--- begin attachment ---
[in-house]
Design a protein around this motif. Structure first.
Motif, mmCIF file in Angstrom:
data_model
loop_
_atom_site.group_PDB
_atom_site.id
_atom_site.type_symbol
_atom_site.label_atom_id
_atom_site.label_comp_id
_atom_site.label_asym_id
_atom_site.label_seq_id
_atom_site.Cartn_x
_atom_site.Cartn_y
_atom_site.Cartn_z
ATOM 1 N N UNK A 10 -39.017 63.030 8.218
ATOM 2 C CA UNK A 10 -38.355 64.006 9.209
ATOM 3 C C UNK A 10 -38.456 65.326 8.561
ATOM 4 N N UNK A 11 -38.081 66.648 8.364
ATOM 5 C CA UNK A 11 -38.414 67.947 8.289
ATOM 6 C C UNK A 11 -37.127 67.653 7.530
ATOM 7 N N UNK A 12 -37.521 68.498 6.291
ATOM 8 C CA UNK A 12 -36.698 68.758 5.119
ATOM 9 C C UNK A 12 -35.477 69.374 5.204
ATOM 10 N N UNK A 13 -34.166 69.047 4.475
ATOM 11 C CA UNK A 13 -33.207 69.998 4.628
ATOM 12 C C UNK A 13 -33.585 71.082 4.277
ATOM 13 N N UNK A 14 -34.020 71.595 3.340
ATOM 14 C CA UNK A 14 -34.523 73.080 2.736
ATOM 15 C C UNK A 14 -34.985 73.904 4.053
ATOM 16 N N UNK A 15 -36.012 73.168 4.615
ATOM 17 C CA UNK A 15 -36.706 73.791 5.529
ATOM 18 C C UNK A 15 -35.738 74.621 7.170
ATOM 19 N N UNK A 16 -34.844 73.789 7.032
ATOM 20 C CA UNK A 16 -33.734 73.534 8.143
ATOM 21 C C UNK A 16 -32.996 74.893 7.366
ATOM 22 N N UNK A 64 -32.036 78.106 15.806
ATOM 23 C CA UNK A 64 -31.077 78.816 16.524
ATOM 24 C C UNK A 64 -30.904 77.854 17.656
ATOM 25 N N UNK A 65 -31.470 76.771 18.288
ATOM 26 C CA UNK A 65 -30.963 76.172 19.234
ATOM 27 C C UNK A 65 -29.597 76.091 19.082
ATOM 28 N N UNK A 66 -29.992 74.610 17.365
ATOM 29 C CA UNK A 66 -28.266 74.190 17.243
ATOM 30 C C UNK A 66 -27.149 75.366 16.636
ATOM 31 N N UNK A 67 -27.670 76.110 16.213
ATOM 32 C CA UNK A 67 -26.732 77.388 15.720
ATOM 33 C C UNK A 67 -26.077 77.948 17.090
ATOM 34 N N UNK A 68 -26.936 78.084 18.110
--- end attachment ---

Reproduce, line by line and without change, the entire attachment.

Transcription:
[in-house]
Design a protein around this motif. Structure first.
Motif, mmCIF file in Angstrom:
data_model
loop_
_atom_site.group_PDB
_atom_site.id
_atom_site.type_symbol
_atom_site.label_atom_id
_atom_site.label_comp_id
_atom_site.label_asym_id
_atom_site.label_seq_id
_atom_site.Cartn_x
_atom_site.Cartn_y
_atom_site.Cartn_z
ATOM 1 N N UNK A 10 -39.017 63.030 8.218
ATOM 2 C CA UNK A 10 -38.355 64.006 9.209
ATOM 3 C C UNK A 10 -38.456 65.326 8.561
ATOM 4 N N UNK A 11 -38.081 66.648 8.364
ATOM 5 C CA UNK A 11 -38.414 67.947 8.289
ATOM 6 C C UNK A 11 -37.127 67.653 7.530
ATOM 7 N N UNK A 12 -37.521 68.498 6.291
ATOM 8 C CA UNK A 12 -36.698 68.758 5.119
ATOM 9 C C UNK A 12 -35.477 69.374 5.204
ATOM 10 N N UNK A 13 -34.166 69.047 4.475
ATOM 11 C CA UNK A 13 -33.207 69.998 4.628
ATOM 12 C C UNK A 13 -33.585 71.082 4.277
ATOM 13 N N UNK A 14 -34.020 71.595 3.340
ATOM 14 C CA UNK A 14 -34.523 73.080 2.736
ATOM 15 C C UNK A 14 -34.985 73.904 4.053
ATOM 16 N N UNK A 15 -36.012 73.168 4.615
ATOM 17 C CA UNK A 15 -36.706 73.791 5.529
ATOM 18 C C UNK A 15 -35.738 74.621 7.170
ATOM 19 N N UNK A 16 -34.844 73.789 7.032
ATOM 20 C CA UNK A 16 -33.734 73.534 8.143
ATOM 21 C C UNK A 16 -32.996 74.893 7.366
ATOM 22 N N UNK A 64 -32.036 78.106 15.806
ATOM 23 C CA UNK A 64 -31.077 78.816 16.524
ATOM 24 C C UNK A 64 -30.904 77.854 17.656
ATOM 25 N N UNK A 65 -31.470 76.771 18.288
ATOM 26 C CA UNK A 65 -30.963 76.172 19.234
ATOM 27 C C UNK A 65 -29.597 76.091 19.082
ATOM 28 N N UNK A 66 -29.992 74.610 17.365
ATOM 29 C CA UNK A 66 -28.266 74.190 17.243
ATOM 30 C C UNK A 66 -27.149 75.366 16.636
ATOM 31 N N UNK A 67 -27.670 76.110 16.213
ATOM 32 C CA UNK A 67 -26.732 77.388 15.720
ATOM 33 C C UNK A 67 -26.077 77.948 17.090
ATOM 34 N N UNK A 68 -26.936 78.084 18.110